How to look after your garden when on holiday?

The weather is warming up and the flowers are blooming in your garden. The veggies will soon be ready to harvest and the garden is looking like a fresh oasis, perfect for al-fresco dinners and cooling down after a hot day.

Then comes the time when you have to leave for a holiday. After a long year of caring for your plants, two weeks can make the difference between your refreshing oasis and the Sahara dessert. Caring for your garden, while you’re away takes a certain bit of dedication and preparation, but it’s definitely not an impossible task even for the newbie gardener.

That’s why we created this helpful guide to keeping your garden alive during the holidays:

1. Prepare, prepare, prepare.

This word must be repeated like a mantra, and preparation for your departure should take place about a week before. Get rid of all weeds, trim the hedges and cover the soil with mulch.
Just before you leave, water your vegetables, and make sure you reach the roots.

2. Think about your veggies.

Taking care of vegetables while away is one of the hardest tasks when being a gardener. Make sure to stake and tie your vine plants, even if they don’t look like they’re as big yet. Harvest anything that’s ready or almost ripened, as many veggies can ripen while await. Finally remove any baby courgettes, peas and beans, if you’re leaving for longer, as they will stop giving fruit if left to mature on the vine.

3. Your pots.

Pots are even harder to take care of, but by grouping them together, you can help them form their own mini eco system. Place them in a shaded space if possible, but make sure they can still receive rain.

A smart idea, which many might not know is to utilise bottles as watering devices. Simply fill a wine bottle or similar with tater to the brim, turn it around and plunge the neck into the pot. The soil will slowly absorb as much as it needs, although if you’re going for a long trip you might want to secure more than one bottle.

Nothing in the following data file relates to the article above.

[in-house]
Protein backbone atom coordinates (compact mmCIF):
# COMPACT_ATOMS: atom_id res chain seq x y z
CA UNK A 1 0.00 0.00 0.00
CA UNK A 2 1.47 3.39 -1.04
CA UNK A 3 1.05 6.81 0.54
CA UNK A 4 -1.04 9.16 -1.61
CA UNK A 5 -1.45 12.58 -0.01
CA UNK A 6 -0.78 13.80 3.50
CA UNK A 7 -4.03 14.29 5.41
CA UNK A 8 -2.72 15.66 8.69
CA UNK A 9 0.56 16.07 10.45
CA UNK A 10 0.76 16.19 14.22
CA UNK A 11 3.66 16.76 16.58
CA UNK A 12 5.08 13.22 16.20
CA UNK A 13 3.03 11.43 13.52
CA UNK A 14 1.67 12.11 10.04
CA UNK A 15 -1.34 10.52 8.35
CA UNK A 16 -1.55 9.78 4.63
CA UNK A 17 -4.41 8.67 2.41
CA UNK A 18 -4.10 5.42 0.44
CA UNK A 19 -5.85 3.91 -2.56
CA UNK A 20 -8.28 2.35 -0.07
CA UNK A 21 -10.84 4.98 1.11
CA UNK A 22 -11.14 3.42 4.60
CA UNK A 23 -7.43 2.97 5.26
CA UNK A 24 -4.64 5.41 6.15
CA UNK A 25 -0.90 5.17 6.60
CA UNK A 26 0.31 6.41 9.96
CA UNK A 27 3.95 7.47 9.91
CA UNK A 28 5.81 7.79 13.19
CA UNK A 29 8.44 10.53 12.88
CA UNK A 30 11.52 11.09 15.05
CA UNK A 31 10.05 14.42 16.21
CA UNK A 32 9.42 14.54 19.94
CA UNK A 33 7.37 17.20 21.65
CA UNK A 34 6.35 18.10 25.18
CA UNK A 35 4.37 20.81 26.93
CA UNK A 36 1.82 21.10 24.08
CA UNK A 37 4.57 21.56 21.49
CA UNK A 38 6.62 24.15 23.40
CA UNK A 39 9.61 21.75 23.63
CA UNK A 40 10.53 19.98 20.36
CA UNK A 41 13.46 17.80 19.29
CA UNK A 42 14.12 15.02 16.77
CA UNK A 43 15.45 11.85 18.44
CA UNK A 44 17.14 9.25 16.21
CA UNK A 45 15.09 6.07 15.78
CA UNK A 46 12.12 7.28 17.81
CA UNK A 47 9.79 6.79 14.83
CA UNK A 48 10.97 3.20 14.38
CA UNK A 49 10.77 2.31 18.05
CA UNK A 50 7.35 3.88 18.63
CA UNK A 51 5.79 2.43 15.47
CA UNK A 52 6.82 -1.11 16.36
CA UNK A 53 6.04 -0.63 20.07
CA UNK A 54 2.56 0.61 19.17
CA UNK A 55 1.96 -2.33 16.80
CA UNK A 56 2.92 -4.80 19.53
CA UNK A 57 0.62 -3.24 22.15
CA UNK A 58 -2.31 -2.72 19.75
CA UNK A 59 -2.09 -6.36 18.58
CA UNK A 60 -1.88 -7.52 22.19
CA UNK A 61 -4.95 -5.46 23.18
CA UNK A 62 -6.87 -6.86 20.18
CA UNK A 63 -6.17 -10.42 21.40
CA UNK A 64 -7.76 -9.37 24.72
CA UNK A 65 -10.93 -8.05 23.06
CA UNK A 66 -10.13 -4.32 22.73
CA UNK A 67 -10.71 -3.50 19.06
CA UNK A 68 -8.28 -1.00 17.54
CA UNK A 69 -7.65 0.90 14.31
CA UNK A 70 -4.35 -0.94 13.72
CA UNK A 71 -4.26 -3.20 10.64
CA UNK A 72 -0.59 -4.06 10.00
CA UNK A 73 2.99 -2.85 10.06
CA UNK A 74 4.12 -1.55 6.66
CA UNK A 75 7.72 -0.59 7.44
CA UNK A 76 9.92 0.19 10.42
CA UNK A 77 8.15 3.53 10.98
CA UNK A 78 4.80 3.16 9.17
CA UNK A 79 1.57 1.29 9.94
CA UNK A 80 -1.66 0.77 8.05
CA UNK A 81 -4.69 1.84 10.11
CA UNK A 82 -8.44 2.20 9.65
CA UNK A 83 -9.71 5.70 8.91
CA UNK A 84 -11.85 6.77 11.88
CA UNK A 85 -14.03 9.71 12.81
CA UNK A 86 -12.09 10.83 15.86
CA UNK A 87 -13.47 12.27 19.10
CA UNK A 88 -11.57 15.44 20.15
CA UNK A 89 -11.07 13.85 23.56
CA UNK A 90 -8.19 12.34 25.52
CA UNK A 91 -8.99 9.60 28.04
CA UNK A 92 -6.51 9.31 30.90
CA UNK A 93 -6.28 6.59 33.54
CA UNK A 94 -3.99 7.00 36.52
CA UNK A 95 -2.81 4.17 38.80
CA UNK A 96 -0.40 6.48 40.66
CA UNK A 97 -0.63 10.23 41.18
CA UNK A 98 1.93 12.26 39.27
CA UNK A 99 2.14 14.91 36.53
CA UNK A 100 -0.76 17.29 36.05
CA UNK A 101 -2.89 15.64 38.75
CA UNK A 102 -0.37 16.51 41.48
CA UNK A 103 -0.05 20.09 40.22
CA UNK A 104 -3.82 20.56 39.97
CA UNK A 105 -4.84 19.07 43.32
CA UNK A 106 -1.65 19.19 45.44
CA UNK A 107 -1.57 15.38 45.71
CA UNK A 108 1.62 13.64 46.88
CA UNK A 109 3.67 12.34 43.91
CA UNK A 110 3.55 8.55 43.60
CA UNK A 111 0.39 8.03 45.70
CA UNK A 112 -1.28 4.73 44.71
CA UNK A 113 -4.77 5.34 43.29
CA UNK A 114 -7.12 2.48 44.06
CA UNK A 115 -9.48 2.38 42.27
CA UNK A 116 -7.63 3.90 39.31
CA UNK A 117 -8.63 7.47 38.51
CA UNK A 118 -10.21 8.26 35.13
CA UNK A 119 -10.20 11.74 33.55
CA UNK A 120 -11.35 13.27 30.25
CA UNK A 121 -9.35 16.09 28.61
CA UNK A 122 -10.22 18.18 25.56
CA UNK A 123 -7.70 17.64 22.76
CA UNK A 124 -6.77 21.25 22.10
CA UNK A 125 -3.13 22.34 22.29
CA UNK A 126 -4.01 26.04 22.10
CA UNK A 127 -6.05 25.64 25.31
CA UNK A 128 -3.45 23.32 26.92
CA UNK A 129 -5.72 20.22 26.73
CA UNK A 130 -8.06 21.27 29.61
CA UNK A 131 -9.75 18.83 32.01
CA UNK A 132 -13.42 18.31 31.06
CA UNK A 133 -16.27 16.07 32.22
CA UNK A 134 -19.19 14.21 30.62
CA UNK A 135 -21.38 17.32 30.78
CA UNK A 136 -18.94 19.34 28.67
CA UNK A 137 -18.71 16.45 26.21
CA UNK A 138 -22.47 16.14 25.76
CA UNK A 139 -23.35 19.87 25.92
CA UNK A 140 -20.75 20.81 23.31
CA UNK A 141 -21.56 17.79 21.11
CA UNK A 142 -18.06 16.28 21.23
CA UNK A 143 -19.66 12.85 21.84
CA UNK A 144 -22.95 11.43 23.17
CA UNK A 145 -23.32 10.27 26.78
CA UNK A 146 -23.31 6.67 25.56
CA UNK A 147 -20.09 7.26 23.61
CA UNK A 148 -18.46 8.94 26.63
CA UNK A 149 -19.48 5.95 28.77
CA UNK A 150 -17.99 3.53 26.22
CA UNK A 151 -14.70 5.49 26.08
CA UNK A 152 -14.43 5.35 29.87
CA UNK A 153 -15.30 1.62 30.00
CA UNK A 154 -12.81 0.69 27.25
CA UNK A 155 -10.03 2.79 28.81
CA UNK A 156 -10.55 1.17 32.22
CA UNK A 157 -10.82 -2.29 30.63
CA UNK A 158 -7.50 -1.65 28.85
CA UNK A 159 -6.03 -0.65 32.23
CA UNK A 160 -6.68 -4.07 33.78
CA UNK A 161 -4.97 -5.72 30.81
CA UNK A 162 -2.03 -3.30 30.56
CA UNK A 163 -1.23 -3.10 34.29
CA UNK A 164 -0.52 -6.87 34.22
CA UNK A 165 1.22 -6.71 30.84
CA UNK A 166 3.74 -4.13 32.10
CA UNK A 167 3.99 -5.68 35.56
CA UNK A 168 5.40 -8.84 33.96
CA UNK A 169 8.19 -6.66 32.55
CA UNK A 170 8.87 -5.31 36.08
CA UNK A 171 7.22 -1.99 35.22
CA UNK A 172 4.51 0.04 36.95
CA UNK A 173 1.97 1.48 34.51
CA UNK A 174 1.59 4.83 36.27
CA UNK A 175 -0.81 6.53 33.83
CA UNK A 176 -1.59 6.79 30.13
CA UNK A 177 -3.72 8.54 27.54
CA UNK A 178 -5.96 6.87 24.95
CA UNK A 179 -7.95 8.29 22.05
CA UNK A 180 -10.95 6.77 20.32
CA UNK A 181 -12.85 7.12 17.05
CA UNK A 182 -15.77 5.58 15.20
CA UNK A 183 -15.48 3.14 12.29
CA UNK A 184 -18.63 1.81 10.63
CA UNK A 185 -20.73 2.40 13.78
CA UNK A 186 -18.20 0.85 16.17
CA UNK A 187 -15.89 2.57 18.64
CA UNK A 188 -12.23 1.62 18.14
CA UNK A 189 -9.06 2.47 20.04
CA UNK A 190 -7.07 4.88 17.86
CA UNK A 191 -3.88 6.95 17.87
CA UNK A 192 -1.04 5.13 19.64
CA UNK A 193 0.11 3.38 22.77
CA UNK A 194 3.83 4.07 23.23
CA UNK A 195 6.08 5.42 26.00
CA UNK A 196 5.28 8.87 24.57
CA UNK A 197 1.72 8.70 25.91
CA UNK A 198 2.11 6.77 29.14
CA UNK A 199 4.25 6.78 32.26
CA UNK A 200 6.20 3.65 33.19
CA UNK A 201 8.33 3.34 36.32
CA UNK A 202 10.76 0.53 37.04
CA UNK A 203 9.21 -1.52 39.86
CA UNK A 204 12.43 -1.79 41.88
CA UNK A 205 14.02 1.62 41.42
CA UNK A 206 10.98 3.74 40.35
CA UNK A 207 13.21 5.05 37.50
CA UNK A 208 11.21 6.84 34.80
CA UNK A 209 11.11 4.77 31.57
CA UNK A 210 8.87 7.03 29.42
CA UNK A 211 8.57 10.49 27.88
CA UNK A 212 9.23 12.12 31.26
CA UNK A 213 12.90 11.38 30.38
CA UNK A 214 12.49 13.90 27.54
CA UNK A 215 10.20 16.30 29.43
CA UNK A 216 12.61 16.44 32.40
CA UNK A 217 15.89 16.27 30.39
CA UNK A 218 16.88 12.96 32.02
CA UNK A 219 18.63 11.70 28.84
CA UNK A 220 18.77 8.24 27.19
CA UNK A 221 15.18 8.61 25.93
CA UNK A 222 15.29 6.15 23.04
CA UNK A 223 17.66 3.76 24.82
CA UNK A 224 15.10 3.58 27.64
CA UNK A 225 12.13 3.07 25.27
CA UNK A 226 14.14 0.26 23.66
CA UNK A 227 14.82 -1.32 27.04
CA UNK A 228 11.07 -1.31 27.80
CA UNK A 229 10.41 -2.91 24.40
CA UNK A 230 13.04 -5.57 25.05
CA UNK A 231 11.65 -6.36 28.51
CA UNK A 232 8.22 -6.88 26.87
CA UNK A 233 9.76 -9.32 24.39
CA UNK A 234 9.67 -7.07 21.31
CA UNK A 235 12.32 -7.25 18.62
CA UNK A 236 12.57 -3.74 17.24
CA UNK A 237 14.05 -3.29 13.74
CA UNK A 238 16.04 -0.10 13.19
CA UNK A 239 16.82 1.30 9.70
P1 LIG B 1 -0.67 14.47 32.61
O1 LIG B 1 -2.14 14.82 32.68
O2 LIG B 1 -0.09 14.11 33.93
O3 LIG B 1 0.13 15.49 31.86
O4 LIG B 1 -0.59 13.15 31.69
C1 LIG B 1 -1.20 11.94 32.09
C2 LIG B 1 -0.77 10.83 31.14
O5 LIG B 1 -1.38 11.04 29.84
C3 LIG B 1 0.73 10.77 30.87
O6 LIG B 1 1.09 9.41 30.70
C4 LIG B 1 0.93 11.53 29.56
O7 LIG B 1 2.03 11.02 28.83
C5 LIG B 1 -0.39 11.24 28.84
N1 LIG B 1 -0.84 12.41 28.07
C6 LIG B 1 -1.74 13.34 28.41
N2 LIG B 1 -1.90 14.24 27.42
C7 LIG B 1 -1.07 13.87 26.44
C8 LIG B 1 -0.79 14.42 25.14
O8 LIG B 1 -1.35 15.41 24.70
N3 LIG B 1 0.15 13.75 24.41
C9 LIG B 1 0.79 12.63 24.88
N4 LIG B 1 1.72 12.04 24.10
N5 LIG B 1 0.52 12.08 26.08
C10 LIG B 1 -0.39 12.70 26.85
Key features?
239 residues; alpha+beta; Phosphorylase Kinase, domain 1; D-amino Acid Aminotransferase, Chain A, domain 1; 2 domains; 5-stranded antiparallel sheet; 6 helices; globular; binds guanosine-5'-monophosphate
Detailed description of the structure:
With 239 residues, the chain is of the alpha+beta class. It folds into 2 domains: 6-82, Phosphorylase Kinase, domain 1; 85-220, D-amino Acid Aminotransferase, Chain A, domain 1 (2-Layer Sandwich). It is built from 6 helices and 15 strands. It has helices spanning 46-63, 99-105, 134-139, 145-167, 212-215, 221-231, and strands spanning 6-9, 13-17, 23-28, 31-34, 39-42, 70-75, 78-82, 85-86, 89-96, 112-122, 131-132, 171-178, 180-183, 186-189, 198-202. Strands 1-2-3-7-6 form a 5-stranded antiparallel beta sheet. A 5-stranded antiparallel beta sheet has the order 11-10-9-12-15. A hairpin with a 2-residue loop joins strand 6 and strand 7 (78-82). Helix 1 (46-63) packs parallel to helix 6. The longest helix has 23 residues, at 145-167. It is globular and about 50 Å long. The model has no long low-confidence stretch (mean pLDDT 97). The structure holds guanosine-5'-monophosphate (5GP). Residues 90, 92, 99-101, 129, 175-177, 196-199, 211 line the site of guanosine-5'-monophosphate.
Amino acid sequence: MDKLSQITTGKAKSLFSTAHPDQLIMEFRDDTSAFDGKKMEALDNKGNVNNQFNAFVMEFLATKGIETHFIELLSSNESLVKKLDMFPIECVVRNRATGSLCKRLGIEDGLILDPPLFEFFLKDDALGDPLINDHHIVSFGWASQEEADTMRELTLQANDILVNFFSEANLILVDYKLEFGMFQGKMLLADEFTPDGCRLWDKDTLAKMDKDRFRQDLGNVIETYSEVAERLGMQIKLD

4. Pest control.

Check for pests about a week or two before your planned holiday, and make sure to take extermination measures before you leave. Even if the problem doesn’t seem big, it might turn out to be by the time you come back. A stitch in time saves nine!

5. Helping hands.

If you’re lucky enough to have some friends or neighbours with spare time, ask them to come by and tend to your garden and pots. You don’t have to have the house unlocked, just install a garden tap, and leave the hose and watering devices out.

Also don’t forget to remind them that plants need to be watered, regardless of whether the weather is rainy or not. Many people tend to forget that.

6. Post-holiday care.

Once you’re back, plan some extra time to spend with your garden. Water, trim and harvest, wherever your attention is needed. Check for pests and plant health problems, as they might have started as you were away. When you’ve finally checked everything, have a quiet evening, and just appreciate the wonderful space you’ve created.